Canada's Health Food Association (CHFA) has called the national ban on the sale of kava products 'completely unacceptable', and urged the health department to follow the cautionary labelling practice of the US.
CHFA president Donna Herringer claimed that Health Canada did not discuss its assessment with experts in the field of herbal medicine and maintains that the department has no new evidence on which to base their decision.
"Cautions for responsible use can be put on the label, but a full out ban without additional research or confirmed incident is irresponsible on the part of the government," said Herringer. "This is a perfect example of why there is a need for a unique regulatory body for natural products."
The group said that it gave Health Canada a copy of The Waller Report, prepared for the American Herbal Products Association, which reviewed the FDA, German and European cases citing kava and reports of liver damage. The report concluded that "based on the data available to me at this time, there is no clear evidence that the liver damage reported in the US and Europe was caused by consumption of kava."
The CHFA said that the use of kava by the Europeans reporting liver disease may have been a result of using kava in combination with prescription drugs or it may have stemmed from using kava well above recommended levels.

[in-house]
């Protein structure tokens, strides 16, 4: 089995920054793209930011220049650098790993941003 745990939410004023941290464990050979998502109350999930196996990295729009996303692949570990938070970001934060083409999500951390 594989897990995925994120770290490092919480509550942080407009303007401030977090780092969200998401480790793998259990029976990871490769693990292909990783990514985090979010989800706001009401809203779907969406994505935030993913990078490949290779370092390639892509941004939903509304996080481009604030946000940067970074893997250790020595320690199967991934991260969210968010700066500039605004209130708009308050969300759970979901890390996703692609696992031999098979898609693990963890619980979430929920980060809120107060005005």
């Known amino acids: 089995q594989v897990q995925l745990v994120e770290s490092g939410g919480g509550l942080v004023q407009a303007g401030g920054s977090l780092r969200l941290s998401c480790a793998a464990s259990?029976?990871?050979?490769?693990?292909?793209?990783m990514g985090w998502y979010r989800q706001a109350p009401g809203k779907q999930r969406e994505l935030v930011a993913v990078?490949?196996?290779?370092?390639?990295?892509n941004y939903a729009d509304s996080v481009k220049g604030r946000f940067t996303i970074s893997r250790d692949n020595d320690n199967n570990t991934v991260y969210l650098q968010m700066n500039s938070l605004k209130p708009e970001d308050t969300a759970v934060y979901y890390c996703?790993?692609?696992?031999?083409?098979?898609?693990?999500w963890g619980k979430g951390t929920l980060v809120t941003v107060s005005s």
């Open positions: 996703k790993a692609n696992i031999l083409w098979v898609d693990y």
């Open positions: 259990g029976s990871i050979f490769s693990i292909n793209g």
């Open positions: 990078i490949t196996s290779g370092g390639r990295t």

The group cited a recent survey (from the International Journal of Clinical Pharmacology Therapy 2001) of 400 German medical practices which revealed that 78 per cent of the Kava prescriptions that were written significantly exceed the recommended intake. As the German authorities have not made the case reports public, factors such as dosage or alcohol intake is unknown.
The CHFA added that it also supplied Health Canada with a list of industry experts and practitioners that could help form a review board for kava.
The US has not yet banned the sale of kava, which remains for sale with the addition of cautionary labelling. The CHFA recommended that the same cautionary labelling practice be followed.